They say no visit to Calgary is complete without a taste of Alberta beef. But if you make it to the Stampede City you’ll also want to taste the salted caramel macarons at Ollia Macarons and Tea, the spruce-tip crème brûlée at Royale, or the spiced pineapple mimosa redolent of cardamom and star anise at Calcutta Cricket Club.
If you are attending the 2019 World Angel Investment Summit at Calgary’s TELUS Convention Centre in June, you and your group can go around the culinary world in Calgary thanks to Alberta Food Tours. Private group tours range from two to four hours in the late morning, afternoon and evening Sunday through Thursdays, and during the day on Fridays and Saturdays.
The Savour 17 Ave. SW tour, which is limited to 14 guests on Saturdays and Sundays, costs $115 (Canadian), and can accommodate vegetarian requests. It is centered on the RED (Retail and Entertainment District) mile on 17th Avenue SW. You’ll walk between stops, so wear comfy shoes — and a stretch waistband is also a good idea.
First stop on the summer tour I took courtesy of Meetings Calgary was Cibo Calgary. (There are two Cibo locations in the city.) Cibo on 17th Avenue is romantically beautiful, with vintage wood and windows, and other reclaimed features throughout. But you’ll fall in love with the pizza — especially the crust. On the tour I sampled the pie with basil, tomato, fresh mozzarella, Grana Padano, and extra-virgin olive oil as well as the even-better mushroom pizza with roasted garlic, truffle oil, and fried rosemary.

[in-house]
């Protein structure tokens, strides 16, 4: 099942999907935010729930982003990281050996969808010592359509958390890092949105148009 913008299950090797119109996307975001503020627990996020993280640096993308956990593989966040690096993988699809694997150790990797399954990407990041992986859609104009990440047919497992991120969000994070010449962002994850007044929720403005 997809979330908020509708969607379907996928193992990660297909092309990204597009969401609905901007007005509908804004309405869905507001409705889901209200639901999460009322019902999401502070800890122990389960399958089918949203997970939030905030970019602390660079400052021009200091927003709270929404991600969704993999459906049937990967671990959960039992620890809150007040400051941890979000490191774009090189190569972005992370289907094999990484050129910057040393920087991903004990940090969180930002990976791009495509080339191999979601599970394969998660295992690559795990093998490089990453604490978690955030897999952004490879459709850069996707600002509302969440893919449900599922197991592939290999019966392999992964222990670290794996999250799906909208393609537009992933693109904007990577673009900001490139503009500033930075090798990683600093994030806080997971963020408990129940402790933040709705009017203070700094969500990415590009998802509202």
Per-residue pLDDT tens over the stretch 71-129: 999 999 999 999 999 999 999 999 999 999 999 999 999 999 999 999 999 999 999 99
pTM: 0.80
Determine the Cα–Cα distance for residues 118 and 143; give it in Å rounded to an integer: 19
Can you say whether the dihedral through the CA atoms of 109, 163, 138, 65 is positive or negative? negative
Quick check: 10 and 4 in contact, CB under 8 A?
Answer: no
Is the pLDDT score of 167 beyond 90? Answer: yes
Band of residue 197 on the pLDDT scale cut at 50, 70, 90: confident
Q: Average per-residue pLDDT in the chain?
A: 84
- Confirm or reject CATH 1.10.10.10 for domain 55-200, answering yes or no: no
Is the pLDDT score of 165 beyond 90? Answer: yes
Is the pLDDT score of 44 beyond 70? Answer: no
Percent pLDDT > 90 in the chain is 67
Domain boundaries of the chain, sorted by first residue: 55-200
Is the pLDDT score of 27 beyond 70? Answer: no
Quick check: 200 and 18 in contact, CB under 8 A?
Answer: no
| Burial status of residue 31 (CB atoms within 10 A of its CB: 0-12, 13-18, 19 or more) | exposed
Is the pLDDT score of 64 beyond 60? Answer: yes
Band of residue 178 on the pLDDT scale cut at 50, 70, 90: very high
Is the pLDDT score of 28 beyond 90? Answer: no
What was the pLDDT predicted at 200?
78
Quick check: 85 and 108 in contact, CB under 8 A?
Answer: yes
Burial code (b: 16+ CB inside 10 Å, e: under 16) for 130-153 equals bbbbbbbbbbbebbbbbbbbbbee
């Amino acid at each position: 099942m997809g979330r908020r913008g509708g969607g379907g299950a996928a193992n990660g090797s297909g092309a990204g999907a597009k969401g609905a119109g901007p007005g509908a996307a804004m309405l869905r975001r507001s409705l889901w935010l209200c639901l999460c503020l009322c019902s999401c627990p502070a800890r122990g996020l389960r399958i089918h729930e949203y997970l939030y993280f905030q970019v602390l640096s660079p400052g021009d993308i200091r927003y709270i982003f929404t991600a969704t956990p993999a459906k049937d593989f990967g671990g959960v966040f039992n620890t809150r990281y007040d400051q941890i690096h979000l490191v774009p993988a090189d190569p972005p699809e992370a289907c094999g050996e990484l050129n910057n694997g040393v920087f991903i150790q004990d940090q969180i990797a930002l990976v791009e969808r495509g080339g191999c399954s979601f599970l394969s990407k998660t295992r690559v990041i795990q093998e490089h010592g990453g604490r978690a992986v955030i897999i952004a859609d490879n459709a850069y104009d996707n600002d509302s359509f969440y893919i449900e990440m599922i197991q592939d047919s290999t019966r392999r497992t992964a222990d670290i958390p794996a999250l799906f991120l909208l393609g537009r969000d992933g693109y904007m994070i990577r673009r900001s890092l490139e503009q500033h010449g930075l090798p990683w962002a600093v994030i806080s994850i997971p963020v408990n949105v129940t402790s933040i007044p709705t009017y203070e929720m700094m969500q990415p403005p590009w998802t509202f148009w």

Next stop was Vine Arts, a liquor shop with the feel of an old library. It has an amazing spirits collection alongside its wine and beer. We sampled a rhubarb saison craft beer and could have filled a growler with it, though we had too many more stops to go.
After Vine Arts we headed to “France,” and Ollia Macarons and Tea. The colorful, delicate, melt-in-your mouth macarons come in sweet (cotton candy) and savory (blue cheese, pear, and pecan) flavors, depending on the day and season. We also mixed herbal tea concoctions at Ollia, which is owned by husband (French) and wife team David and Lindsay Rousseau.
Anju Restaurant came next. Chef Roy Oh created an innovative menu with a Korean-Canadian fusion style (think fried Brussels sprouts, bacon, rice sticks, red onion and Soy Maple Syrup).
At Calcutta Cricket Club the food was yummy (I sampled a chickpea curry over corn bread), but it was the spiced pineapple mimosa that was the real show-stopper. The restaurant has cozy seasonal outdoor seating. But it’s adorable inside, with touches of fuchsia and green, light wood tones, and there’s even a carousel leopard behind the bar.
Last stop was Royale, where Chef de Cuisine Landon Schwarz prepared crème brûlée tableside (see video below). Schwarz, the son of a forester, uses the previously mentioned spruce tips to add flavor to the sweet treat, as well as maple syrup. We are, after all, in Canada.
Cristi Kempf is Convene‘s executive editor.